Good Reasons to Study Economics

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Economics has a reputation (but not among economists!) as a somewhat dry topic. It's a generalization that's wrong in several ways. First of all, economics isn't a single topic, but rather many topics. It's an approach that lends itself to many different fields, from microeconomics to industrial organization, government, econometrics, game theory and dozens of other fields.

You may not enjoy some of these fields, but if you are fascinated by the complexity of capitalism and would like to understand better how things work in a capitalist society, you'll probably find at least one of these areas that you'll really enjoy.

Terrific Job Opportunities for Economics Graduates

There are many opportunities for economics graduates. You are not guaranteed a good-paying job with an economics degree, but your chances are higher than in many other programs. With an economics degree, you can work in a variety of different fields from finance and banking to public policy, sales and marketing, civil service (government departments, the Federal Reserve, etc.), insurance and actuarial work. You can also go on to do further studies in economics, political science, business, or a variety of other fields. If you're certain your interest is in the business world, a business degree may also be a good fit, but an economics degree does open a lot of doors.

Economics Knowledge Is Useful at a Personal Level

When pursuing a degree in economics, you'll learn a lot of skills and knowledge that you can apply to other jobs or to your personal life.

Learning about interest rates, exchange rates, economic indicators and equity markets can help you make better decisions about investing and obtaining mortgages. As computers become more and more important in both our business and private lives, being able to use data intelligently gives you a tremendous advantage over persons with fewer skills who make a lot of decisions on impulse.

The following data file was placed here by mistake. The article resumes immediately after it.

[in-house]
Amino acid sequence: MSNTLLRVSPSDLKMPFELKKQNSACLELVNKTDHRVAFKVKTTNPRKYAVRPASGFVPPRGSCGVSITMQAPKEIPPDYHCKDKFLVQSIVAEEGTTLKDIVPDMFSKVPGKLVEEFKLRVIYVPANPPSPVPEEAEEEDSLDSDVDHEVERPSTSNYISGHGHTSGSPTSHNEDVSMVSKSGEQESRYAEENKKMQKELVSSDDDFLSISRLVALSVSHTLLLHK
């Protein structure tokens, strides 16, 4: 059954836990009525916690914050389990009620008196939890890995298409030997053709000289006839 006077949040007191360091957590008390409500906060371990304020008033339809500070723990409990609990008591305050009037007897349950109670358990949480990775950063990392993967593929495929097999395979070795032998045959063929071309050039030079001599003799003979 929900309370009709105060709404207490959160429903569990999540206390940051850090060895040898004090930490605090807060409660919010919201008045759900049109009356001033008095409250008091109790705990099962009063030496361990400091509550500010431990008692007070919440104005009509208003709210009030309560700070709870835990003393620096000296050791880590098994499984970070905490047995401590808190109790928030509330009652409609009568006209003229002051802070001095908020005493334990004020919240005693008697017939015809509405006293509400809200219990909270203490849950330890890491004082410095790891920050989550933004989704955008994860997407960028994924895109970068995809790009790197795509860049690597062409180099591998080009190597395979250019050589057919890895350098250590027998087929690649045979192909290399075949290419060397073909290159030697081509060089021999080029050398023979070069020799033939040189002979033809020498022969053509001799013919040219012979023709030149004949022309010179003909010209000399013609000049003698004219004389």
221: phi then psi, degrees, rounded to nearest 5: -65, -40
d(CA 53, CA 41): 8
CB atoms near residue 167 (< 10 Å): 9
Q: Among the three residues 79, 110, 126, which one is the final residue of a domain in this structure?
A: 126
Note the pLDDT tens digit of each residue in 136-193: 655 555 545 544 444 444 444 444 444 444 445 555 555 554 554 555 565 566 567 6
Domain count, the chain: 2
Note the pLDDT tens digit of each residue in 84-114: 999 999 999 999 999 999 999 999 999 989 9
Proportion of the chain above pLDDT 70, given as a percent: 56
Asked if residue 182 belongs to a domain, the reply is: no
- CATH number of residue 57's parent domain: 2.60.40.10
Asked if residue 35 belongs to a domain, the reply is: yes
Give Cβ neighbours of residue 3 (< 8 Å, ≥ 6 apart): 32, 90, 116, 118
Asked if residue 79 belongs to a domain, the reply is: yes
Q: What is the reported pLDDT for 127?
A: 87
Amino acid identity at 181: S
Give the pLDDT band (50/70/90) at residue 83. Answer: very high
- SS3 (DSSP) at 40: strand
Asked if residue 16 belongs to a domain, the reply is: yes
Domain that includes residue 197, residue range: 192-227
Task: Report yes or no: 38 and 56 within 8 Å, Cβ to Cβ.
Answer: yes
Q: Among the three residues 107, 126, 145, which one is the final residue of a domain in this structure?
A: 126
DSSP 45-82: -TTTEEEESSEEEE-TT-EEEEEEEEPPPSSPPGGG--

Economists Understand Unintended Consequences

Economics teaches students how to understand and spot secondary effects and possible unintended consequences. Most economics problems have secondary effects - the deadweight loss from taxation is one such secondary effect. A government creates a tax to pay for some needed social program, but if the taxation is careless crafted, a secondary effect of that tax may be that it changes people's behavior, causing economic growth to slow. By learning more about economics and working on hundreds of economics problems, you will learn to spot secondary effects and unintended consequences in other areas. This can help you make better decisions about your personal life and make you more valuable to business; "what are the possible secondary effects from the proposed marketing campaign?" It likely won't help you get a job, but being able to spot and understand the importance of secondary effects, may help you to keep a job or earn a promotion that much faster.

Economics Provides an Understanding of How the World Works

You will learn more about how the world works. You will learn more about the impact decisions have on specific firms, entire industries, and on a national level.

You will learn more about the impact of international trade, both good and bad. You will discover the effect government policies have on the economy and on employment; again both good and bad. It will help you make more informed decisions as both a consumer and as a voter. The country needs better-informed politicians. Economics is a very good way of improving public sector performance  Economics gives us all tools to think of things more clearly and to understand the implications of assumptions we may be making.